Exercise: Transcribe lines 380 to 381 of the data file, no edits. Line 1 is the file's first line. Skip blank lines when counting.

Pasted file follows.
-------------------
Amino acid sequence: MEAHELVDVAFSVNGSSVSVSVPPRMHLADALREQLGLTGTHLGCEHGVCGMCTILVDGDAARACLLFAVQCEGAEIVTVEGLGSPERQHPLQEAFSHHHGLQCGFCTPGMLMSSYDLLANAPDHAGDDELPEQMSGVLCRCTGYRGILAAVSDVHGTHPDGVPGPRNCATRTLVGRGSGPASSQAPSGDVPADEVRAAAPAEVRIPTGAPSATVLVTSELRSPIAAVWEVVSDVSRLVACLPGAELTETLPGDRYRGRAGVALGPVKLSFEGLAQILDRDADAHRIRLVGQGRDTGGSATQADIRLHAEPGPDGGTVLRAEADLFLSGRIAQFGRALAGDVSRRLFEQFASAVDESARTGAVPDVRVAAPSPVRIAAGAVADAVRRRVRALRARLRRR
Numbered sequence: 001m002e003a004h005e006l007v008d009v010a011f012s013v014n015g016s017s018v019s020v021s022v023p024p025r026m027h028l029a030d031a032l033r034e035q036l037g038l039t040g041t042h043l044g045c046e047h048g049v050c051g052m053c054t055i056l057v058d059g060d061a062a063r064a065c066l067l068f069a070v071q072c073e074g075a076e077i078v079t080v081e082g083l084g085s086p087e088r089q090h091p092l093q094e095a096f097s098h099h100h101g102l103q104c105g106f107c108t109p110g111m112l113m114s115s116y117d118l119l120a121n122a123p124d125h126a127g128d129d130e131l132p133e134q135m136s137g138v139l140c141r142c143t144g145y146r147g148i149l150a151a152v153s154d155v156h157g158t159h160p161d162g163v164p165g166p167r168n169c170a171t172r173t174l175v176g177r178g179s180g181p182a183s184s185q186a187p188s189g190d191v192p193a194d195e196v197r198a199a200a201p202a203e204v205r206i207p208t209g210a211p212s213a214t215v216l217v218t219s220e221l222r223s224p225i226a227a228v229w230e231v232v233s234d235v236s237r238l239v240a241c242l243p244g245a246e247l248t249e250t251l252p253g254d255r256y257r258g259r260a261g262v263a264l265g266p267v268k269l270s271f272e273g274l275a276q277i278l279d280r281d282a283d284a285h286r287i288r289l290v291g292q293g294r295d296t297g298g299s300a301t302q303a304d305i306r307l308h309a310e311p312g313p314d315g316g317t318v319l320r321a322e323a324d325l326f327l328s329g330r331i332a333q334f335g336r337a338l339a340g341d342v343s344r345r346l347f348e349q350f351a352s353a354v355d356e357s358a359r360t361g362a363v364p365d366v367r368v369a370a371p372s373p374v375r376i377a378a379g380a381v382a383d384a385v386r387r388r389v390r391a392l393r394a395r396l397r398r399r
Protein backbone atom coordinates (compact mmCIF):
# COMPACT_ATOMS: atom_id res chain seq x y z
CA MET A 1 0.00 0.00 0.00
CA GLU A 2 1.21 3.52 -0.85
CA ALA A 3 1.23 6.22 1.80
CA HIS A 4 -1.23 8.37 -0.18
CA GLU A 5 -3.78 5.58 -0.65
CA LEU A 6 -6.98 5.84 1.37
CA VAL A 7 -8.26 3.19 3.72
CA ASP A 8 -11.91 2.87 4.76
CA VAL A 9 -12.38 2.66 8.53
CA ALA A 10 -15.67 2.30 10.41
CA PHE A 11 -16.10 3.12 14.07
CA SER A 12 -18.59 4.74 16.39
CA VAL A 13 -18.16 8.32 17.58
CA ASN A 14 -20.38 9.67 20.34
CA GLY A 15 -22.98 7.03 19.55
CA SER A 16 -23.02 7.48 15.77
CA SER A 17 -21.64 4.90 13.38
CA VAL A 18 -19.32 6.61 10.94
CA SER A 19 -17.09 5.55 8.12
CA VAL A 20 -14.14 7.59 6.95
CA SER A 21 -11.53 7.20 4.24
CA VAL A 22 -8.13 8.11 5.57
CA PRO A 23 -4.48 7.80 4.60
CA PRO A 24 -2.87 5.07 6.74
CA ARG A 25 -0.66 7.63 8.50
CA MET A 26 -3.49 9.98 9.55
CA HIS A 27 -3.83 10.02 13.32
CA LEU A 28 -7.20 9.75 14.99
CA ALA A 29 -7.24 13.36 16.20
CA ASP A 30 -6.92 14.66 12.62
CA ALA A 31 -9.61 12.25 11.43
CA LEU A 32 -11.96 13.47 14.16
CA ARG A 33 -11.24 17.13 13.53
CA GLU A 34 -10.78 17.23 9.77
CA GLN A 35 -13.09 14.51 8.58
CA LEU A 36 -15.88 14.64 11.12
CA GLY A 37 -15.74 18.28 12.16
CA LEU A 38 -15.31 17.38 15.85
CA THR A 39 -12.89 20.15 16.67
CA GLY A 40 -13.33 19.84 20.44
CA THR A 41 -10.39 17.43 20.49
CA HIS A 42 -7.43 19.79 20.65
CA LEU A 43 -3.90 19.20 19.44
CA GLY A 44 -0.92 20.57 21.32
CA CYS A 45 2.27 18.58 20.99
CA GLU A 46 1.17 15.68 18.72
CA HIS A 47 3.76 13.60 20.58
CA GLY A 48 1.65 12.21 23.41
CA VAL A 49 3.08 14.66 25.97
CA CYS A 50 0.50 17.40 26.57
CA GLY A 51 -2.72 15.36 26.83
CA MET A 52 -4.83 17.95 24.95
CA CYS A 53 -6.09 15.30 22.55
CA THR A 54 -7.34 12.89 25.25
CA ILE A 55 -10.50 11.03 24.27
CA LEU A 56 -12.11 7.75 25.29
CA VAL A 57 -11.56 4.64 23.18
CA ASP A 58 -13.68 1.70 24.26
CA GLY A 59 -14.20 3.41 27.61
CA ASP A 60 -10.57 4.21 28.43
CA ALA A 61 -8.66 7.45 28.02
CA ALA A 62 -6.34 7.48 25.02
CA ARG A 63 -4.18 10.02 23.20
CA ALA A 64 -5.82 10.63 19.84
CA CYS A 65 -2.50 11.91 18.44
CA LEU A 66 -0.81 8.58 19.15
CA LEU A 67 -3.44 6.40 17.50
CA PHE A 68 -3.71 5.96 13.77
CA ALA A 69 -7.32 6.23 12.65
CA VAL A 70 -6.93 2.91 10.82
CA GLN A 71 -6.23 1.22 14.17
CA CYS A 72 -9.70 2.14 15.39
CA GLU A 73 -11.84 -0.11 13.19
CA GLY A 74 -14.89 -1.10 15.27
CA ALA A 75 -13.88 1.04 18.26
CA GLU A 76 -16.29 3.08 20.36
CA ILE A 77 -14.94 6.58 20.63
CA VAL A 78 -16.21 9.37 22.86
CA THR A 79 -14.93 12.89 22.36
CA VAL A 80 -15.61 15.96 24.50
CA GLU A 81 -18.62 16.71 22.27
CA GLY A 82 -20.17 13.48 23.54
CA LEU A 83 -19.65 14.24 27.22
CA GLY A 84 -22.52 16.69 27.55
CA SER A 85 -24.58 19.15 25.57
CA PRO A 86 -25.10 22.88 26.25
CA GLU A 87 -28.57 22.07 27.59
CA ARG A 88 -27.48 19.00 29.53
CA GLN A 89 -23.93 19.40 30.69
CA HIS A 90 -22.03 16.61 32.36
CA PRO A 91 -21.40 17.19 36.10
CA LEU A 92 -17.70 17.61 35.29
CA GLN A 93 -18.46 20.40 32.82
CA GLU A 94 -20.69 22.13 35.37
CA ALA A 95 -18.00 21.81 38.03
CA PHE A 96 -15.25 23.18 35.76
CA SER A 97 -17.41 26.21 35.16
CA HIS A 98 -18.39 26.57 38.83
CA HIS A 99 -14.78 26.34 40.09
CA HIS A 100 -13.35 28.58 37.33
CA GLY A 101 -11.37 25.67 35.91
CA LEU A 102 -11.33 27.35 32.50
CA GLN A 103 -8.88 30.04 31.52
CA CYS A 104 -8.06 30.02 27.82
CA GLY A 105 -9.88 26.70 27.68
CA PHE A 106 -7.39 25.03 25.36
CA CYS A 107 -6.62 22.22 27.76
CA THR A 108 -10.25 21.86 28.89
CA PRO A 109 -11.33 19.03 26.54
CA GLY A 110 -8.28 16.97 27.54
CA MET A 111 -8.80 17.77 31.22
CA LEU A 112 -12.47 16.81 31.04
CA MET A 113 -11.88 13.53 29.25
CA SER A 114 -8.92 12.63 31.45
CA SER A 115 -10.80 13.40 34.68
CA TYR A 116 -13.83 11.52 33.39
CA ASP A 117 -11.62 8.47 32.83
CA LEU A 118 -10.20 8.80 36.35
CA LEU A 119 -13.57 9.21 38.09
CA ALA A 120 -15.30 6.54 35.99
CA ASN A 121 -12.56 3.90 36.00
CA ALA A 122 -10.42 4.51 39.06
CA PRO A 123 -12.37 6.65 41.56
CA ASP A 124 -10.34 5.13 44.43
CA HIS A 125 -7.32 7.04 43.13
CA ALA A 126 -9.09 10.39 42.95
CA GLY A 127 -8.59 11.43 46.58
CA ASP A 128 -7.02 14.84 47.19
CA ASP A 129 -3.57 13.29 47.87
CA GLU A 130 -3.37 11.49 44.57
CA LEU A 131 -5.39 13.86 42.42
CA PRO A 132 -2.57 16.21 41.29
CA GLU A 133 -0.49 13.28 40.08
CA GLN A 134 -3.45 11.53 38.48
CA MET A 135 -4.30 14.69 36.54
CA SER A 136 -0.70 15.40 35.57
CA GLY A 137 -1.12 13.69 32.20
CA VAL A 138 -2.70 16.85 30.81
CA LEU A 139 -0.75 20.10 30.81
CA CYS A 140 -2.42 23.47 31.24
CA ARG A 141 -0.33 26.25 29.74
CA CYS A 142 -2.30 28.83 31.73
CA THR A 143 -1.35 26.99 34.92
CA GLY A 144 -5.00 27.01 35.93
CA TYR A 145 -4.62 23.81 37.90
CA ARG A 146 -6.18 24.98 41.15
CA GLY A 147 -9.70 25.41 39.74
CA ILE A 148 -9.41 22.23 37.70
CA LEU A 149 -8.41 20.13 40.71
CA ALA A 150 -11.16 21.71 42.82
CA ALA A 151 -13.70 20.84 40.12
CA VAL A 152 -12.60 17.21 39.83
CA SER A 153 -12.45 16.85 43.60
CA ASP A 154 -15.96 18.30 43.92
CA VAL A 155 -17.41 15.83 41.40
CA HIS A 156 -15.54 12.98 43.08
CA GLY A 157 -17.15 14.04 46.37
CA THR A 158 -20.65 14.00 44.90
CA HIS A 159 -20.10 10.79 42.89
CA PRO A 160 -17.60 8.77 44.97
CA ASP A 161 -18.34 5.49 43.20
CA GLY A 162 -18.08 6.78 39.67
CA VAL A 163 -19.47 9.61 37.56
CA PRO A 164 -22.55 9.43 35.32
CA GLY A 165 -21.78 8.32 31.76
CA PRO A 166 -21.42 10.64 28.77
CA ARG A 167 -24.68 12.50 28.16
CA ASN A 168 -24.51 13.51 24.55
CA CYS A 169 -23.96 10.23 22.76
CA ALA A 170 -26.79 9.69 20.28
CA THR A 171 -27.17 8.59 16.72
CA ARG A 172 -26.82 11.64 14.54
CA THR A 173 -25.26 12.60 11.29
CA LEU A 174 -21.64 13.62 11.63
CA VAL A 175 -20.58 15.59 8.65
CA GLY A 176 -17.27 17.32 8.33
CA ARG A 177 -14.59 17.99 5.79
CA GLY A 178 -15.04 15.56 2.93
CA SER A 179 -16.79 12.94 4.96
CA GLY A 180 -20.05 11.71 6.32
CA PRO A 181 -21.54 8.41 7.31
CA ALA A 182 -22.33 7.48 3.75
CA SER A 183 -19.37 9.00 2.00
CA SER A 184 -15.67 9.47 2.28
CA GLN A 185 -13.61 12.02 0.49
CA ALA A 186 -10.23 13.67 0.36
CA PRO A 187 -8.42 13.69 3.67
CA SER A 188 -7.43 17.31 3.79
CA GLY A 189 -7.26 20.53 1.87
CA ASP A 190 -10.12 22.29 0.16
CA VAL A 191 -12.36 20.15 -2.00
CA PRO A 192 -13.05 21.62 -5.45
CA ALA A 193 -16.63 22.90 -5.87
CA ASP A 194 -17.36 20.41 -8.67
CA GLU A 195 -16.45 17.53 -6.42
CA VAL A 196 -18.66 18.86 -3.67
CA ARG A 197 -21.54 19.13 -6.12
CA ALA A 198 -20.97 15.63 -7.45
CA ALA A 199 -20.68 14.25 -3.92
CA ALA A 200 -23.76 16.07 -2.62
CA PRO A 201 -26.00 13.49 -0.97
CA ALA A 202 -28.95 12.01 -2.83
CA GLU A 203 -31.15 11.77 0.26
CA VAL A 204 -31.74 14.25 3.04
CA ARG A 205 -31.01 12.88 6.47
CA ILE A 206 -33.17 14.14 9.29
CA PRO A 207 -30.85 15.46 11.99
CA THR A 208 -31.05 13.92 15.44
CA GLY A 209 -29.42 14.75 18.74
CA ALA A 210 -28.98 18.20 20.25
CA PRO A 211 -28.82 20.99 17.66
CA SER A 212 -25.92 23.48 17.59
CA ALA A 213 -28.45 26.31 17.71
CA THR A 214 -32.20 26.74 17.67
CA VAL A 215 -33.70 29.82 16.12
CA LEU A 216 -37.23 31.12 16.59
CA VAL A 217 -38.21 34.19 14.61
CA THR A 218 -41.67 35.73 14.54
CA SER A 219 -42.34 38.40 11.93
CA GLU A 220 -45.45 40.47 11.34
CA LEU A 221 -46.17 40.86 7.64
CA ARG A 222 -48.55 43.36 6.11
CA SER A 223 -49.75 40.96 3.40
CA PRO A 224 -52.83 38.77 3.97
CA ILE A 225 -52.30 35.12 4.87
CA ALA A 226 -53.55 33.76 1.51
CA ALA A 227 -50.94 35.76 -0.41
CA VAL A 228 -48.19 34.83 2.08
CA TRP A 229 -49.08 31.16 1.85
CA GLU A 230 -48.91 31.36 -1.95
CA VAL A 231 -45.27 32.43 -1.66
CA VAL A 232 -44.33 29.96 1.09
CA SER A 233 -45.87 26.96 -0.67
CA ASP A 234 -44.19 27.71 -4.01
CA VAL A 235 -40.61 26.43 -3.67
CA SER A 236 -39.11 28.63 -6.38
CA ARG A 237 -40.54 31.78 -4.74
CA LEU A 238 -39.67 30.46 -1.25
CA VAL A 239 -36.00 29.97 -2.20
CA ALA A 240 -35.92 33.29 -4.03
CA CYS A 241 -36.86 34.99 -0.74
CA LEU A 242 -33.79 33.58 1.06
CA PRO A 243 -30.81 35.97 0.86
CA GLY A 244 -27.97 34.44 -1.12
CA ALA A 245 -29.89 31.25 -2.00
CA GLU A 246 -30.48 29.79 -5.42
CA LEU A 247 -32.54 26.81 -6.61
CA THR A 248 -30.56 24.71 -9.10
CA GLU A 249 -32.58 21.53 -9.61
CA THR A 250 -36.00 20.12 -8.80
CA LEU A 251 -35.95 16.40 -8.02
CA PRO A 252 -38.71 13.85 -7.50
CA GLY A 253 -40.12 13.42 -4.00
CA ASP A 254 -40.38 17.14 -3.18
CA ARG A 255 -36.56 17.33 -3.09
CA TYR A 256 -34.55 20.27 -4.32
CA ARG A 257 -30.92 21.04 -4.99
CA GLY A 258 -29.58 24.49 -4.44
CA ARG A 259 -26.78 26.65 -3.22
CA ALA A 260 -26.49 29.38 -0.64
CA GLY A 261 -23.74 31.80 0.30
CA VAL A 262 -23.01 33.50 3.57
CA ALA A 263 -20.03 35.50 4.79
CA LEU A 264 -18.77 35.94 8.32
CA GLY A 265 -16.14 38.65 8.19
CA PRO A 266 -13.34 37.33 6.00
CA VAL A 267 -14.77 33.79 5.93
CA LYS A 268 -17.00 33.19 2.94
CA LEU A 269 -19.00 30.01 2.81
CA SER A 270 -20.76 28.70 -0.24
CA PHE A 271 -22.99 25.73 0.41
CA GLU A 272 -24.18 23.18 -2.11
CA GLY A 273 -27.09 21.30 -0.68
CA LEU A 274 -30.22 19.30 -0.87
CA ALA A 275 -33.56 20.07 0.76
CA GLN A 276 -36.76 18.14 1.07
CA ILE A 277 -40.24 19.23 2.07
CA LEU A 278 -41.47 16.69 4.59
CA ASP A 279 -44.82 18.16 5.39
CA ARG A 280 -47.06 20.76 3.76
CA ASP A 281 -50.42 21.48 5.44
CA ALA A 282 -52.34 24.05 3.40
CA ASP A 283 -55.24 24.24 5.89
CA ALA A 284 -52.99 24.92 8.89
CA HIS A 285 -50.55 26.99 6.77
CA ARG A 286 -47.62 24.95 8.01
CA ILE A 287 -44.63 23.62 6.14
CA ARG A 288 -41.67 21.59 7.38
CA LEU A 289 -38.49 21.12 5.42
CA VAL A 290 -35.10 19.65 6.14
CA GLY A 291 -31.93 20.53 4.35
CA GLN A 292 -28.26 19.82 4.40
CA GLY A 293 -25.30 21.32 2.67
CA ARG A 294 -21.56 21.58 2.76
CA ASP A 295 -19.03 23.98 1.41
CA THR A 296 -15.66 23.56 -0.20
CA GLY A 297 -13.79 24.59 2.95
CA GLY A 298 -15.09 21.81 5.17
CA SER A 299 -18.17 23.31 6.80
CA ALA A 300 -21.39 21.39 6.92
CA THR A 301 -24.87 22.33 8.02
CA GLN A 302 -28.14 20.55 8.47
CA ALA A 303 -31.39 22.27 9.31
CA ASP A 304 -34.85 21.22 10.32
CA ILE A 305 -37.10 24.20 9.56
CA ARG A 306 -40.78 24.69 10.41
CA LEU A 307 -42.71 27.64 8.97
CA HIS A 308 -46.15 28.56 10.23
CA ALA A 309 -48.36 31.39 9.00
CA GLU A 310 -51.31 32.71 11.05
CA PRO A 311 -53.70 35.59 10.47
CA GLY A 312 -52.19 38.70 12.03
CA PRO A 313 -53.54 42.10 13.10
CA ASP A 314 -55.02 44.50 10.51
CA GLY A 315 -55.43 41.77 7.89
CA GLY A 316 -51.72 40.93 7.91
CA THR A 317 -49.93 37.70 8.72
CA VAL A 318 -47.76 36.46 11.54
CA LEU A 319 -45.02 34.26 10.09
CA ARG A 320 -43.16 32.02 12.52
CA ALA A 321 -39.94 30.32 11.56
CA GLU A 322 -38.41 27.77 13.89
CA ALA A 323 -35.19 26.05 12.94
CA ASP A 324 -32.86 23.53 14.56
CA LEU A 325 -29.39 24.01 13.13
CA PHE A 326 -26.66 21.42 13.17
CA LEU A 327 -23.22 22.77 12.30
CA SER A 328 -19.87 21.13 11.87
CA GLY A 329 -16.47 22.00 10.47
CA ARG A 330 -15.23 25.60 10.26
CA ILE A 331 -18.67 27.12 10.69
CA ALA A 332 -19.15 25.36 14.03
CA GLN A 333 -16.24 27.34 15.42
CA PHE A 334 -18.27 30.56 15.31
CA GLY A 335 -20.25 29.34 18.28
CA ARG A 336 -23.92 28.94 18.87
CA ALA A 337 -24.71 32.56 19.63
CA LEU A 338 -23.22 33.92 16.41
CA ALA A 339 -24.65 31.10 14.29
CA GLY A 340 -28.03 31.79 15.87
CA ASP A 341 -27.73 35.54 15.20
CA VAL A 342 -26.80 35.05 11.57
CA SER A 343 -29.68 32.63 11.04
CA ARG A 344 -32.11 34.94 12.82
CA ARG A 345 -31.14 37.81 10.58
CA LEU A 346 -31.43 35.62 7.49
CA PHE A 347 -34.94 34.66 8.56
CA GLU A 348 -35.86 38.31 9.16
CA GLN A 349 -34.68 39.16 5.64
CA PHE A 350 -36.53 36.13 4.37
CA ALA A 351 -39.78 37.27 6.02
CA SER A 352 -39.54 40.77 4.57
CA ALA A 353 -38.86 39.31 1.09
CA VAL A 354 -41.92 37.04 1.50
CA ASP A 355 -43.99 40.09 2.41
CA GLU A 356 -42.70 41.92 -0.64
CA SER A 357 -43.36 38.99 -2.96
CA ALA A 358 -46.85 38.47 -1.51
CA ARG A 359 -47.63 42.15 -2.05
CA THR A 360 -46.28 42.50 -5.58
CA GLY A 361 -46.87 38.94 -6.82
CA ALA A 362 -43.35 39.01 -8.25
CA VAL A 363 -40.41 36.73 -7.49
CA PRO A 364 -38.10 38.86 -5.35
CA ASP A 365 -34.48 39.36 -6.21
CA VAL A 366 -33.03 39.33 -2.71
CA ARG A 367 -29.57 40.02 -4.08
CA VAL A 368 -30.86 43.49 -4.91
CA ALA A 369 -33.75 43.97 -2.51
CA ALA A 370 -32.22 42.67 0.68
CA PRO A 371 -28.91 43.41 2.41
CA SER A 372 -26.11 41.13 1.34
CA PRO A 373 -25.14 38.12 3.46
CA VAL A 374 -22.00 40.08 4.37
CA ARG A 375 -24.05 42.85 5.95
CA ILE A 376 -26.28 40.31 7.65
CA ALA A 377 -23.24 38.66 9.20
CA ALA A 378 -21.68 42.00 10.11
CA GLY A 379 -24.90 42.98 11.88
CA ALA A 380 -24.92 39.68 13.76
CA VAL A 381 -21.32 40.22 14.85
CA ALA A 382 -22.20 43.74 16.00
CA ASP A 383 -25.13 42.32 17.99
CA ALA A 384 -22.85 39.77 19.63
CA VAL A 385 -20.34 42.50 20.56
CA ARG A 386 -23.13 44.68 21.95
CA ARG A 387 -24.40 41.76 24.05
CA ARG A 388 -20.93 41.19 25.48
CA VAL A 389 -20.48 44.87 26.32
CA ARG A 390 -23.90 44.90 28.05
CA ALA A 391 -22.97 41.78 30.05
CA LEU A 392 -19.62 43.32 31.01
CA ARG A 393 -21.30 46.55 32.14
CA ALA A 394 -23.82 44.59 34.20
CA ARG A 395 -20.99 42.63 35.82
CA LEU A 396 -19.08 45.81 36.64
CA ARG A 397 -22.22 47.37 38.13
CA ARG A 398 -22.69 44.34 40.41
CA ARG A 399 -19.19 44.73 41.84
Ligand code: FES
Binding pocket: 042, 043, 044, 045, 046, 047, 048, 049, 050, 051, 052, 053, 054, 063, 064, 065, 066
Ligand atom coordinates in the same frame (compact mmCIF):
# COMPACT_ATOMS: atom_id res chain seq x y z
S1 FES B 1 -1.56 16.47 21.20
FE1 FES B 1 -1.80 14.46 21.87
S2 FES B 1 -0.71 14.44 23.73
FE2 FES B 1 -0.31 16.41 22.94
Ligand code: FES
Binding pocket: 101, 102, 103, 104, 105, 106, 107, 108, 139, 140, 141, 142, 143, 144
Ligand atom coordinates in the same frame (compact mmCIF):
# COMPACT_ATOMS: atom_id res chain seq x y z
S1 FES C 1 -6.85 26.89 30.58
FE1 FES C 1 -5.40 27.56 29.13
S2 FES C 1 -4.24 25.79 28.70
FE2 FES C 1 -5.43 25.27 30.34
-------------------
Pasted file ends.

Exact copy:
CA ILE A 376 -26.28 40.31 7.65
CA ALA A 377 -23.24 38.66 9.20